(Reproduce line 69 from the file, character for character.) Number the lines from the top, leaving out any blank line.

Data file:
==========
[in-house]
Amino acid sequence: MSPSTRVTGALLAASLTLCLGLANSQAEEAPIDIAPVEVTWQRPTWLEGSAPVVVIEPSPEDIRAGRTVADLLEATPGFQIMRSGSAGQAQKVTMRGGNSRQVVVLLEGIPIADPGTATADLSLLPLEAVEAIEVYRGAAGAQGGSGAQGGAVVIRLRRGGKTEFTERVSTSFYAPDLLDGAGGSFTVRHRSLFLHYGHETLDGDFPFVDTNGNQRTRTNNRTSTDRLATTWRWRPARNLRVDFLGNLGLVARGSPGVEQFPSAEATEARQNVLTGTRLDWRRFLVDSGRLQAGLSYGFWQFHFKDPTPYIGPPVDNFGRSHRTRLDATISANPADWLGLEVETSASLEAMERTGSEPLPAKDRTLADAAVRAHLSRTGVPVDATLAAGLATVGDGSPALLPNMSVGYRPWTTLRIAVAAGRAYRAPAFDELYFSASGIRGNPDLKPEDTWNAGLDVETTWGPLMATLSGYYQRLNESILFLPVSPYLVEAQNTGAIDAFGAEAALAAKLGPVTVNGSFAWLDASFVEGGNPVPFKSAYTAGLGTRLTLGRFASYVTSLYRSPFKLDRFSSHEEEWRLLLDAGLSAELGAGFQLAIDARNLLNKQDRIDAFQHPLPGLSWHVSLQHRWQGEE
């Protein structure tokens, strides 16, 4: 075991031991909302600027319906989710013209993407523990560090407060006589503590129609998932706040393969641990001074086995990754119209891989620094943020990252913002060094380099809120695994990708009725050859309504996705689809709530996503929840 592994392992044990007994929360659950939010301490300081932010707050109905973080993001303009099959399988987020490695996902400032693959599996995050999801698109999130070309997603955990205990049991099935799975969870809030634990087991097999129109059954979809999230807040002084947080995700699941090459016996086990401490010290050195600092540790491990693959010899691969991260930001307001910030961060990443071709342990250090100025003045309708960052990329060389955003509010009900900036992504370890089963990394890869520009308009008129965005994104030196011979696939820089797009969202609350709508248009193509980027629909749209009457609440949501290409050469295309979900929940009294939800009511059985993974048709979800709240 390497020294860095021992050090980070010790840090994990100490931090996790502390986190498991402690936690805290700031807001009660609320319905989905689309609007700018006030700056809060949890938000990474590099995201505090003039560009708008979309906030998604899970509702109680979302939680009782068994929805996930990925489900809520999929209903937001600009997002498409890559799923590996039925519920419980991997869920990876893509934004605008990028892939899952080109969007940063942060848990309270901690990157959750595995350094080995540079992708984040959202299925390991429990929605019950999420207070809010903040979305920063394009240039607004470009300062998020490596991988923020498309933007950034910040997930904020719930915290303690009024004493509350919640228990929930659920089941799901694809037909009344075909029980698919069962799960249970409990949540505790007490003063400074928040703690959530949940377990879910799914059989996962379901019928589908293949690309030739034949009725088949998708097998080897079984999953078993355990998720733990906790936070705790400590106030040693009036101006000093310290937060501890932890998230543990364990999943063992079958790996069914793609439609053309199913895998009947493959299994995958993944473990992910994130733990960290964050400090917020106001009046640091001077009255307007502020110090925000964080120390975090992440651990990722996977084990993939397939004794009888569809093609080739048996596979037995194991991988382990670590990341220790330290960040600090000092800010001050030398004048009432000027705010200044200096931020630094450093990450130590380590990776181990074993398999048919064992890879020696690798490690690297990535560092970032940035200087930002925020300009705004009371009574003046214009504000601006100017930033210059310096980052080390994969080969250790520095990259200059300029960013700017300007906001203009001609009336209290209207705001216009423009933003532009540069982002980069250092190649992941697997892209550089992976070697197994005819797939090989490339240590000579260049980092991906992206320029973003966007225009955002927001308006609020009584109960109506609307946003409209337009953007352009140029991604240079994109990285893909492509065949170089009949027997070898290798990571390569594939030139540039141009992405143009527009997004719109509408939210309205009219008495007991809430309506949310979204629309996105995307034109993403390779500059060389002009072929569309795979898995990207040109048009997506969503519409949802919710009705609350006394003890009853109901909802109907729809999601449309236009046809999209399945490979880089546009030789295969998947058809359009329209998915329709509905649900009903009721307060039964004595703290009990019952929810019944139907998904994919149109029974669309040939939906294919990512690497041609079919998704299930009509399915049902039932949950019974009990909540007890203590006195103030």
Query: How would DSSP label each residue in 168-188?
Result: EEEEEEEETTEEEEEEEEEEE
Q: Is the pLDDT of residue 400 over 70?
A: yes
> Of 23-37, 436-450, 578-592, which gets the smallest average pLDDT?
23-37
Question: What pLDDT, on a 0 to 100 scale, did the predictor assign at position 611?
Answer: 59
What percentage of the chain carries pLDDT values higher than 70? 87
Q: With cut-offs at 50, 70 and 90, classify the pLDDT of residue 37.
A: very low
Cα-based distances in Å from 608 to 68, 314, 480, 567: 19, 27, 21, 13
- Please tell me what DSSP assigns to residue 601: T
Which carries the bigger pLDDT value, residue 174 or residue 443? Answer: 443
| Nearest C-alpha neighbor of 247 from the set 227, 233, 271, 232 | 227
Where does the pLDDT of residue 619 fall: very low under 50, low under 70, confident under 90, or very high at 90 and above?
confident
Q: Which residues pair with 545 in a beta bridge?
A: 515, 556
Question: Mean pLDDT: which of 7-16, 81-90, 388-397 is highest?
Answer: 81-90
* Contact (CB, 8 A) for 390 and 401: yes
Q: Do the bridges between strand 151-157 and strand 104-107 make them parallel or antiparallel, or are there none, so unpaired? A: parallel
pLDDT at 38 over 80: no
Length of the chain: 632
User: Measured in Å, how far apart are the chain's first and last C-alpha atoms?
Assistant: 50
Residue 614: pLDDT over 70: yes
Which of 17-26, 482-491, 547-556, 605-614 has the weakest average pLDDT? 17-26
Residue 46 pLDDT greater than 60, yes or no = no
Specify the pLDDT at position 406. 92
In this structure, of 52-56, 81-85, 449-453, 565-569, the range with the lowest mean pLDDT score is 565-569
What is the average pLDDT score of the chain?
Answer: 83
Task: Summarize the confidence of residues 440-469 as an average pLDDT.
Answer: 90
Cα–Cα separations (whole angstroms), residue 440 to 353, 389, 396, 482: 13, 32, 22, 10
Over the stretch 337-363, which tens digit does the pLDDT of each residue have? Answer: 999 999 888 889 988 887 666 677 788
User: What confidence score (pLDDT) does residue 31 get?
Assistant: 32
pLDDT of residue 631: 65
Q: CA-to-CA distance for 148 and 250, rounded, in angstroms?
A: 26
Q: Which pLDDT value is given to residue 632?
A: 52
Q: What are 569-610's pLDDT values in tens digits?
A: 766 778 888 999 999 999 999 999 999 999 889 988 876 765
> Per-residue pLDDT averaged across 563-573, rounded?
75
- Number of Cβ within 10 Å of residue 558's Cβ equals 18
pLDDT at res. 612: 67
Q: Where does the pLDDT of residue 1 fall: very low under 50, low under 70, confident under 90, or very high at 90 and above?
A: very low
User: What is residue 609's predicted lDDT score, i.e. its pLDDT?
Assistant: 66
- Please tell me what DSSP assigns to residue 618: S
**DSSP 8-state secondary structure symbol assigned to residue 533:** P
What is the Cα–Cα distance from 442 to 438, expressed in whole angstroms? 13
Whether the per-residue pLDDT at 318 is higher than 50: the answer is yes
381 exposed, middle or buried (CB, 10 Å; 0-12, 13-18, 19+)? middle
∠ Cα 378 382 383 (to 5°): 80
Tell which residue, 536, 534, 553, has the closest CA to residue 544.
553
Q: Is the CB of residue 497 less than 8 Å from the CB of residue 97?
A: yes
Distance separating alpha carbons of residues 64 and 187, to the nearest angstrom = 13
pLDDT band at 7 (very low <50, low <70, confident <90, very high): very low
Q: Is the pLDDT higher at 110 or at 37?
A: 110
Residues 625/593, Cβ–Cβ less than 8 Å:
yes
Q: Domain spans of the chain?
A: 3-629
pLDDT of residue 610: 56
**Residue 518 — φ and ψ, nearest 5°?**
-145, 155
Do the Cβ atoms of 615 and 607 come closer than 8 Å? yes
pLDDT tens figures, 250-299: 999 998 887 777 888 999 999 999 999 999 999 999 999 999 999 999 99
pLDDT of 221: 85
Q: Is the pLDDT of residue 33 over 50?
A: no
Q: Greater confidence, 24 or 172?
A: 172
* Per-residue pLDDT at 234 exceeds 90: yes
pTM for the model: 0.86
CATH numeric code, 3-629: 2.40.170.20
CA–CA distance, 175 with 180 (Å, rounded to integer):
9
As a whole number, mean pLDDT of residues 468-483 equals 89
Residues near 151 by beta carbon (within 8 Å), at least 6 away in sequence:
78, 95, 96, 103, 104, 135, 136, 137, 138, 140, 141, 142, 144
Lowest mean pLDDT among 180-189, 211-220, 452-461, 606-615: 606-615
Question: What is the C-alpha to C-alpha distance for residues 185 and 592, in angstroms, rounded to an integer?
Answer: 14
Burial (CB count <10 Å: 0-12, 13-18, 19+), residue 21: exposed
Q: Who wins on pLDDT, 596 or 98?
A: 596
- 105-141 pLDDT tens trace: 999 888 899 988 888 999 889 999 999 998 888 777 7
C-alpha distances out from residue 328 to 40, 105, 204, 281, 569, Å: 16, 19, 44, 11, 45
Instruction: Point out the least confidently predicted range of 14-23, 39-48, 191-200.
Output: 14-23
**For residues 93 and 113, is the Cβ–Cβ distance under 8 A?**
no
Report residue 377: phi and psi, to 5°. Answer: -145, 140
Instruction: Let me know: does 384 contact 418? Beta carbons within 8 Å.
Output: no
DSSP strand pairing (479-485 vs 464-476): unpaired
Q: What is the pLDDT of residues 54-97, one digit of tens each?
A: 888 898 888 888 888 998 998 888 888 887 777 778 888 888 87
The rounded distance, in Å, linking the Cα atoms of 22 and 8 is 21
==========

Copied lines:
Distance separating alpha carbons of residues 64 and 187, to the nearest angstrom = 13